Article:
Privatizing the Post Office

According to Postmaster General Patrick Donahoe, the U.S. Postal Service is on the brink of insolvency and will default—probably in 2012—on a mandated $5.5 billion payment to the Treasury unless Congress intervenes this month. Calls to save the post office are already coming from the likes of Susan Collins and Joe Lieberman.

Interestingly, Donahoe is not directly asking for federal funds, but he is requesting permission to make certain changes, including:

  1. the elimination of Saturday delivery,
  2. the closure of 3700 offices,
  3. workforce cuts by up to 220,000, and
  4. setting up a retirement system just for USPS employees.

But one of Donahoe’s ideas represents a huge red flag. He is requesting that the USPS not be required to make advance payments to cover its future retiree medical benefits. Sound accounting requires that retirement (including medical) expenses for an employee be incurred while he or she is working. Not doing so kicks the proverbial can down the road, eventually forcing an organization to pay benefits to previous workers out of current revenues. Our social security system went down Ponzi’s road and we all know how that worked out.

Ultimately, Congress must decide if the USPS should be saved as a federal agency and if so, what strings it should attach to the billions of taxpayer dollars that will be allocated to the task. We will inevitably be told that partial or complete privatization is extreme, but many other nations—Germany, Japan, Sweden, Denmark, Finland, and the UK, among others—have already moved in this direction. There is no rational reason for Congress to play micromanager in an attempt to revive the USPS. The only irrational reason is to placate the union. The USPS has about 574,000 employees.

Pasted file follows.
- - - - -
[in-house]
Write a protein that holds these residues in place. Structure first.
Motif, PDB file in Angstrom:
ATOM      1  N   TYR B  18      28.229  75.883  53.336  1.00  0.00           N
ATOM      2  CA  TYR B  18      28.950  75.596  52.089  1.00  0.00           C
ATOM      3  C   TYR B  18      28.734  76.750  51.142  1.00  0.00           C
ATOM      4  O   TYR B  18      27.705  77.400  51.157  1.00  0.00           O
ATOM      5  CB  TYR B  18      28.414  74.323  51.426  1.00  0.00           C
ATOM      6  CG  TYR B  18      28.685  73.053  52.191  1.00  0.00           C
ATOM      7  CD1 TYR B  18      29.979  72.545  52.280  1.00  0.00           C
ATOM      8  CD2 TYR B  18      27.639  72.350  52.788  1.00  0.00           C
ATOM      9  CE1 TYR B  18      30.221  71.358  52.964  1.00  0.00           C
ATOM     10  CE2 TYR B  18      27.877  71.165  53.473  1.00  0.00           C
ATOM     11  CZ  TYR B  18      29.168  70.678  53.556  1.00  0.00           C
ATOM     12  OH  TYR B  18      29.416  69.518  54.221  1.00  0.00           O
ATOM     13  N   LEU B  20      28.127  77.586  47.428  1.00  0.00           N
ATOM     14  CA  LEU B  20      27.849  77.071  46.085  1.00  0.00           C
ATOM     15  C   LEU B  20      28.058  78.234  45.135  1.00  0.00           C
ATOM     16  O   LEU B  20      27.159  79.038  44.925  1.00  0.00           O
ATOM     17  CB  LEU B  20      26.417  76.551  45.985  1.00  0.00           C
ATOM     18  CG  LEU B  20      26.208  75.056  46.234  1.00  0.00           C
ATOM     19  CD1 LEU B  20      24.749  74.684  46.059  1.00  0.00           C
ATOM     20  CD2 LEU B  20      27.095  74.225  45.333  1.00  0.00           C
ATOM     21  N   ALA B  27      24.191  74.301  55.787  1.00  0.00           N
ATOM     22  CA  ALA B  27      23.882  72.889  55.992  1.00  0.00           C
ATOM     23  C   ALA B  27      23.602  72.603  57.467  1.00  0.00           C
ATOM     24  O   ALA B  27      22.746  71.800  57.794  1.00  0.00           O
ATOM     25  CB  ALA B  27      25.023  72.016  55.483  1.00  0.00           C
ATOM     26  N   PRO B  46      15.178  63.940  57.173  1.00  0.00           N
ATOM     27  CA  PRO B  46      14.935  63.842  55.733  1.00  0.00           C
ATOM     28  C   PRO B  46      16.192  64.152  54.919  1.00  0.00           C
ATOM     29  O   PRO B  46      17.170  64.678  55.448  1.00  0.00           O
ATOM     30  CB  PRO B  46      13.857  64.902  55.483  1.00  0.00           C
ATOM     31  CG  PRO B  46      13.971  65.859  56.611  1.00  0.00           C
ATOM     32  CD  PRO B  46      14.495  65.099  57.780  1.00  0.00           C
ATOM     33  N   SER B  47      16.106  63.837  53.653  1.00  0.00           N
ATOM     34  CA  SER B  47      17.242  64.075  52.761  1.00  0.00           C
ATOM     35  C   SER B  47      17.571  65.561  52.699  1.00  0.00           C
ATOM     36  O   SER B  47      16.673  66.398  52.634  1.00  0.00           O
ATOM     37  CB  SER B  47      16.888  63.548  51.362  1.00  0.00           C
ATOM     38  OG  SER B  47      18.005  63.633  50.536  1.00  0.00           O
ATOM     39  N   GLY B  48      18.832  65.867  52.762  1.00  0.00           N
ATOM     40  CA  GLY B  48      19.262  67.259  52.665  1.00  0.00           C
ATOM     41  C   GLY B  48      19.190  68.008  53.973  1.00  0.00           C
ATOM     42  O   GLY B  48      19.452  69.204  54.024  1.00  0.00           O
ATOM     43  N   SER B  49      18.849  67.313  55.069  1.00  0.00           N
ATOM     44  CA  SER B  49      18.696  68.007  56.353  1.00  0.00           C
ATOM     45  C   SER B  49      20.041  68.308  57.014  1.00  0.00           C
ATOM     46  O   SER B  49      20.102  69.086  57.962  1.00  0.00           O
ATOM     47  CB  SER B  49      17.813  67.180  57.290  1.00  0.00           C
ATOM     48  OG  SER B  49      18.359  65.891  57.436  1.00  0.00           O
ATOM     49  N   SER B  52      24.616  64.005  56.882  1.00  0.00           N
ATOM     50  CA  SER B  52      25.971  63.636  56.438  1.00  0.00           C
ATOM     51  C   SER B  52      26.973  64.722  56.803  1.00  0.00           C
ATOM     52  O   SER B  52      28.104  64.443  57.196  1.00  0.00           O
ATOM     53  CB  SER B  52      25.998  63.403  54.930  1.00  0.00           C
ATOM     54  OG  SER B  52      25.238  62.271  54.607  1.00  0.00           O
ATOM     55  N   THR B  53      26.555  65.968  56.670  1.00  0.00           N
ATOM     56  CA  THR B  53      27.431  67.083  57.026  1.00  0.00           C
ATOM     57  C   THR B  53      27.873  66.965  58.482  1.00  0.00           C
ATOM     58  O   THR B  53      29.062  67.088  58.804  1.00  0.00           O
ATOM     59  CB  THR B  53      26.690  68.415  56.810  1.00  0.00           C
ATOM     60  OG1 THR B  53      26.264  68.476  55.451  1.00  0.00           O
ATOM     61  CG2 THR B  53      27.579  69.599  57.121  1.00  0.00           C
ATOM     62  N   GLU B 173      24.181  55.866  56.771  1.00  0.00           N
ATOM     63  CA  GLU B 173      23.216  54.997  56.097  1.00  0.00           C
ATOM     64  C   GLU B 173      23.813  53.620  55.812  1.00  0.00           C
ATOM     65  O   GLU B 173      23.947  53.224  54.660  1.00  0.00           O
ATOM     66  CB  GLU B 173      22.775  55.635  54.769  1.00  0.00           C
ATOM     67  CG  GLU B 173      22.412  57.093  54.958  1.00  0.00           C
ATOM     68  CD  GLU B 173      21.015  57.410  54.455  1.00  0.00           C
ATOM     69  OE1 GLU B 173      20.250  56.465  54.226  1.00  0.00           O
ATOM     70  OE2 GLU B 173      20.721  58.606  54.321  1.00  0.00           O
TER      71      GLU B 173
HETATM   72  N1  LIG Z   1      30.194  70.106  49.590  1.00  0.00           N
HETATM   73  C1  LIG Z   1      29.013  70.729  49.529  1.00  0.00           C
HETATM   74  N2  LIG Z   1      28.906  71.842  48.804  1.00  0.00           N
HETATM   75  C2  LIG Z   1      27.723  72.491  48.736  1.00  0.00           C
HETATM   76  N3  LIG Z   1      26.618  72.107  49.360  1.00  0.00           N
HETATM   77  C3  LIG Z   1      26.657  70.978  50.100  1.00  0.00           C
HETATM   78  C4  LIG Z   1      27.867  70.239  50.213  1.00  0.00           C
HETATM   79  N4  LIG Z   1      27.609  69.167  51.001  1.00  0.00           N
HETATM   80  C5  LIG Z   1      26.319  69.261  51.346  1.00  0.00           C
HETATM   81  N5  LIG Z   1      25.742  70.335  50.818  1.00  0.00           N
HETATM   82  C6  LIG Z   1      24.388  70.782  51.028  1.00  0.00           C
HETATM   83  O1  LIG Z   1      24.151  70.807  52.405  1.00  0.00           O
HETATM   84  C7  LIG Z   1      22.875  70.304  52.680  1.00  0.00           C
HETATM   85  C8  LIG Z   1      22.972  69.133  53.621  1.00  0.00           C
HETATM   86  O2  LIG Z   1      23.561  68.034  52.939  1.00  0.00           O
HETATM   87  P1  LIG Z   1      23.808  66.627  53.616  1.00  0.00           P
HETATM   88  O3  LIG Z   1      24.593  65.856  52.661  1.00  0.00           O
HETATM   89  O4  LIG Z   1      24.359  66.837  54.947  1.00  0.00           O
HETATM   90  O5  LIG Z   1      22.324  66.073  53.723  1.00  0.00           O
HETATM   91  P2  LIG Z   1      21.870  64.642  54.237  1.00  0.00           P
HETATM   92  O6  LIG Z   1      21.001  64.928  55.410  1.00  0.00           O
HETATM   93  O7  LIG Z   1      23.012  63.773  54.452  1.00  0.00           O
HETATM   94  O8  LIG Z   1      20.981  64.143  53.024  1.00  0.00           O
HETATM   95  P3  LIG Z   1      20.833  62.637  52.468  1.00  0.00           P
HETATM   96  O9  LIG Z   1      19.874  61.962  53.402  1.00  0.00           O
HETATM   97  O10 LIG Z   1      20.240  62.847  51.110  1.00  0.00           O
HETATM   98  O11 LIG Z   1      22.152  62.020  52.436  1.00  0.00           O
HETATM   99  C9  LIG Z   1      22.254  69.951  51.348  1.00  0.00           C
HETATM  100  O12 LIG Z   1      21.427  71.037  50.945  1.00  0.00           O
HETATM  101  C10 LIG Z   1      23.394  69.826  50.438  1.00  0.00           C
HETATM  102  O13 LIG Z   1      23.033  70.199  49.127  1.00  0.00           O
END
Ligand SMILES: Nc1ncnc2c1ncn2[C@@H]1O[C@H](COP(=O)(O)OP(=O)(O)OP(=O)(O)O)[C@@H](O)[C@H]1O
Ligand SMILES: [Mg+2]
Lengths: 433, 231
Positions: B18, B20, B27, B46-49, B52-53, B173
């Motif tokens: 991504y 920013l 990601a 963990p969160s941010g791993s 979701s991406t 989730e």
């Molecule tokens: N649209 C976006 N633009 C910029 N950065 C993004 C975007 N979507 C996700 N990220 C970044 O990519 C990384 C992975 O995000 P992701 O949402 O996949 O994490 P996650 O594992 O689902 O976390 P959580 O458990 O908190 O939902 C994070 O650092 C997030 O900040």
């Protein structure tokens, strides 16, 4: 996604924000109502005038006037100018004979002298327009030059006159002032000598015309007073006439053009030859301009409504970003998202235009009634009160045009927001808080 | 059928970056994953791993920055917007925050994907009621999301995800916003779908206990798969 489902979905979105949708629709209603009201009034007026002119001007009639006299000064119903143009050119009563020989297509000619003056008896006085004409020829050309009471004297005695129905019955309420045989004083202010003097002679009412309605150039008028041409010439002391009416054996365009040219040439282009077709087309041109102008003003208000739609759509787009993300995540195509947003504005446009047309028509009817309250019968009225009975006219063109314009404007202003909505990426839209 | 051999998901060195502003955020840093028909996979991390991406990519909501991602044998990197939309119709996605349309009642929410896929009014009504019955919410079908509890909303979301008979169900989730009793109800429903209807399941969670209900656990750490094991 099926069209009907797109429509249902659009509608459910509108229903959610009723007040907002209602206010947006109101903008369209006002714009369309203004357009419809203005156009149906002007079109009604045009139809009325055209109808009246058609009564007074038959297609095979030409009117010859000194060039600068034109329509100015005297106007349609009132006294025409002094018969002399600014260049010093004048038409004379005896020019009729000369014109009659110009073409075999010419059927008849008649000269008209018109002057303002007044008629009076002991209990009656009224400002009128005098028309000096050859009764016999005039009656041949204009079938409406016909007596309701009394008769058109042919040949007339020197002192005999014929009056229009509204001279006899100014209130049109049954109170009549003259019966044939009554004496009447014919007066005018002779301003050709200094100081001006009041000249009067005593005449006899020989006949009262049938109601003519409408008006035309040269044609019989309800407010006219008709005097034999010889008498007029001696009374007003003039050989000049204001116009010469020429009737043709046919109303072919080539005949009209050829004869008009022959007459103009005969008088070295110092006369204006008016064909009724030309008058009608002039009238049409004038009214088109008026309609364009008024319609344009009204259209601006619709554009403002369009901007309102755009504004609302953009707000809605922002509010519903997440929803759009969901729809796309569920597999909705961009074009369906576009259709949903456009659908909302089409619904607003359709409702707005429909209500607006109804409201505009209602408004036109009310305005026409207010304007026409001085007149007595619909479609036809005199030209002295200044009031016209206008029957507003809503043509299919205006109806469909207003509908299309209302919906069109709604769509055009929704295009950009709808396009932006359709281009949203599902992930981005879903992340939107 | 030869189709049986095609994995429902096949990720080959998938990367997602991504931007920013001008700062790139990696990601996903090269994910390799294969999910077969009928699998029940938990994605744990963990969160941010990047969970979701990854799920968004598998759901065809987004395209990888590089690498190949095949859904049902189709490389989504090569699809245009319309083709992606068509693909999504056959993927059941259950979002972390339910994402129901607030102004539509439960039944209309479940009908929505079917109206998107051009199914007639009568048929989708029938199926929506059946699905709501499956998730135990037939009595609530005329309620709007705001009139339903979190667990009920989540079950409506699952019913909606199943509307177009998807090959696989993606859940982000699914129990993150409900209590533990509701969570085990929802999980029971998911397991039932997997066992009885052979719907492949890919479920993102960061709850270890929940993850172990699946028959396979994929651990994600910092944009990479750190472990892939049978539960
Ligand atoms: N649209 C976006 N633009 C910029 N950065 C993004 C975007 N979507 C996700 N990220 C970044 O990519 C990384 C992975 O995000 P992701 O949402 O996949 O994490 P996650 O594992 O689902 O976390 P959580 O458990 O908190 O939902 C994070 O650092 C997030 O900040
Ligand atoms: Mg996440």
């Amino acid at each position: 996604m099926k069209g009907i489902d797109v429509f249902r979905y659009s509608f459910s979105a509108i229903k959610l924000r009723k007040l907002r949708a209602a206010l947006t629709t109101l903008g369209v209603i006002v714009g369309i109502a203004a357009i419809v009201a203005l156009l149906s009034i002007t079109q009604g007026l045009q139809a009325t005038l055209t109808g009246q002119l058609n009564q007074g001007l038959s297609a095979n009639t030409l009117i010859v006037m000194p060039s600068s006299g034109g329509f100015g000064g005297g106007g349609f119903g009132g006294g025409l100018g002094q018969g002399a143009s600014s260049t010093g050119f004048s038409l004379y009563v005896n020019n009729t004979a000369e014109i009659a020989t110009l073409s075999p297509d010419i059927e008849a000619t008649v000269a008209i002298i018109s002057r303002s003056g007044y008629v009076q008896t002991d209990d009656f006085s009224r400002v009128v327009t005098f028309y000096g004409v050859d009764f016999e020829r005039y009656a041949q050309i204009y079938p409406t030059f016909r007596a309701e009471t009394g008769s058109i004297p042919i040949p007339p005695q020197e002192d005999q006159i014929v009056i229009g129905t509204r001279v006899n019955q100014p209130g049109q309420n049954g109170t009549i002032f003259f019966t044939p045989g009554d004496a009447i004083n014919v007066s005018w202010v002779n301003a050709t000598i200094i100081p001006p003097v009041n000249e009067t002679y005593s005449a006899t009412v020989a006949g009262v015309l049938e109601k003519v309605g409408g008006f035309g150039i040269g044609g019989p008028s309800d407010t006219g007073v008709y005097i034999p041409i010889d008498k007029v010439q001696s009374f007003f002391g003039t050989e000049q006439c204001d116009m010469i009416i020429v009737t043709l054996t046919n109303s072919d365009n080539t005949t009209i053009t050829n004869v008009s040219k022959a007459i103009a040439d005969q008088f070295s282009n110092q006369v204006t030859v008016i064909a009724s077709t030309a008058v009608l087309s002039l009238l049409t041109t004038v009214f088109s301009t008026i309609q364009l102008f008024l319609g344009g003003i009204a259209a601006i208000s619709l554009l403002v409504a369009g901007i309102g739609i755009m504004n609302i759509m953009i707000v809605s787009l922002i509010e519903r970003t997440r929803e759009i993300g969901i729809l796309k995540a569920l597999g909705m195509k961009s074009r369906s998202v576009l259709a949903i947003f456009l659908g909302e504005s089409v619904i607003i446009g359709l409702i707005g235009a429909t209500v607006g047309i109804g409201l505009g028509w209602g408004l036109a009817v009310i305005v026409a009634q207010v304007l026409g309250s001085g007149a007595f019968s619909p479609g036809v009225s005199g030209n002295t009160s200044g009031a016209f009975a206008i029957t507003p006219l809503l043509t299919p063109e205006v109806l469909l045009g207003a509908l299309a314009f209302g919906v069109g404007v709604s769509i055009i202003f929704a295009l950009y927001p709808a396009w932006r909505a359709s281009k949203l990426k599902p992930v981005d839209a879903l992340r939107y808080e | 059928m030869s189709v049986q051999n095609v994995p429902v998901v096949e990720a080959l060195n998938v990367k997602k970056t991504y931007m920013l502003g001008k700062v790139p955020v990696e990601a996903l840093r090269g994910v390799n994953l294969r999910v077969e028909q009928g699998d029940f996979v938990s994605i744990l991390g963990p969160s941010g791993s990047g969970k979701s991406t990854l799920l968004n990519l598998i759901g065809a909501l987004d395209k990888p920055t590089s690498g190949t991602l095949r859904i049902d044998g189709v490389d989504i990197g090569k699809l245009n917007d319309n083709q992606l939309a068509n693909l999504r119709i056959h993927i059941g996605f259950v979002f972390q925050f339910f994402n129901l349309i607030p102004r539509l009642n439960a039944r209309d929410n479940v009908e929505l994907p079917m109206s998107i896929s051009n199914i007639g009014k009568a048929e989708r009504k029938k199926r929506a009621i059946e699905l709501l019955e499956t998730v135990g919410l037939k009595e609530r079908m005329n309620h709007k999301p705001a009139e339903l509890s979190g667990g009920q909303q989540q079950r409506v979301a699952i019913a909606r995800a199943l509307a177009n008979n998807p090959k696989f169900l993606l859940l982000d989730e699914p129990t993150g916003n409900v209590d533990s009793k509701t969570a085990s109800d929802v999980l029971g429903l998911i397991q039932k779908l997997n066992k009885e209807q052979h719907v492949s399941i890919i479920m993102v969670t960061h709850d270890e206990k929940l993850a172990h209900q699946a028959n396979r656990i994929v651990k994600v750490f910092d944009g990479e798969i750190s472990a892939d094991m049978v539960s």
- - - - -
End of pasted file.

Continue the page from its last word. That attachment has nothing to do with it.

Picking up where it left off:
In my view, this is not very complicated. Advances in technology—namely the Internet and cheap telephone service—have taken a big bite out of demand for traditional mail delivery. The lack of competition in this segment has led to the long lines, mediocre service, and endless bureaucracy that the USPS has become famous for. Privatizing and allowing competition is the only logical solution. Taxpayers should not be asked to subsidize a service that is already being performed more efficiently by UPS, FedEx and your Internet service provider. How Boehner and Republicans respond will tell us a lot about their potential for real reform.

2 thoughts on “Privatizing the Post Office

  1. This is long overdue. If we bail them out today they will just ask for more next year. Why not auction off the entire post office?

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